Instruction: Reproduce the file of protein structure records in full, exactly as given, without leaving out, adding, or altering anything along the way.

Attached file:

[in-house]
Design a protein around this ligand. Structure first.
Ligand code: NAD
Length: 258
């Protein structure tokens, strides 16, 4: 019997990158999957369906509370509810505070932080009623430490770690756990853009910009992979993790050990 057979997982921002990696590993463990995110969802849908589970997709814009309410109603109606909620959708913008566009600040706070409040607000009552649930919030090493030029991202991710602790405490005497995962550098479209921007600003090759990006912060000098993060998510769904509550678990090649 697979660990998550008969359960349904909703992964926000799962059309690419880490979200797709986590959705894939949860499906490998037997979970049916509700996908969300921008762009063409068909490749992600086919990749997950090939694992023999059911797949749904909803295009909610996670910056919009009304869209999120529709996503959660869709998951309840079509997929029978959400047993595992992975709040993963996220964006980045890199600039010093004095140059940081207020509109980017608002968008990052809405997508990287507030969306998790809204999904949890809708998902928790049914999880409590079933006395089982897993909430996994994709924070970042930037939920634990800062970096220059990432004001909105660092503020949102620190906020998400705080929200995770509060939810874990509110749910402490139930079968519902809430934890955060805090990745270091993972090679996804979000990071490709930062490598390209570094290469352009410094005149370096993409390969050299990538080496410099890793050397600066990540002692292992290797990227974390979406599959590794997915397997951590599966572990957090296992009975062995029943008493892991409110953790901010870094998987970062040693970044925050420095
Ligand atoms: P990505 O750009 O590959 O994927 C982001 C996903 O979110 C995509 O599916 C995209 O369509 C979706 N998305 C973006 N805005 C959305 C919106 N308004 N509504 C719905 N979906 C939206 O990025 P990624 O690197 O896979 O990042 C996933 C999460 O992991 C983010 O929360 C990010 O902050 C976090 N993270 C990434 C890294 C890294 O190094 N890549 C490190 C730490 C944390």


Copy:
[in-house]
Design a protein around this ligand. Structure first.
Ligand code: NAD
Length: 258
């Protein structure tokens, strides 16, 4: 019997990158999957369906509370509810505070932080009623430490770690756990853009910009992979993790050990 057979997982921002990696590993463990995110969802849908589970997709814009309410109603109606909620959708913008566009600040706070409040607000009552649930919030090493030029991202991710602790405490005497995962550098479209921007600003090759990006912060000098993060998510769904509550678990090649 697979660990998550008969359960349904909703992964926000799962059309690419880490979200797709986590959705894939949860499906490998037997979970049916509700996908969300921008762009063409068909490749992600086919990749997950090939694992023999059911797949749904909803295009909610996670910056919009009304869209999120529709996503959660869709998951309840079509997929029978959400047993595992992975709040993963996220964006980045890199600039010093004095140059940081207020509109980017608002968008990052809405997508990287507030969306998790809204999904949890809708998902928790049914999880409590079933006395089982897993909430996994994709924070970042930037939920634990800062970096220059990432004001909105660092503020949102620190906020998400705080929200995770509060939810874990509110749910402490139930079968519902809430934890955060805090990745270091993972090679996804979000990071490709930062490598390209570094290469352009410094005149370096993409390969050299990538080496410099890793050397600066990540002692292992290797990227974390979406599959590794997915397997951590599966572990957090296992009975062995029943008493892991409110953790901010870094998987970062040693970044925050420095
Ligand atoms: P990505 O750009 O590959 O994927 C982001 C996903 O979110 C995509 O599916 C995209 O369509 C979706 N998305 C973006 N805005 C959305 C919106 N308004 N509504 C719905 N979906 C939206 O990025 P990624 O690197 O896979 O990042 C996933 C999460 O992991 C983010 O929360 C990010 O902050 C976090 N993270 C990434 C890294 C890294 O190094 N890549 C490190 C730490 C944390």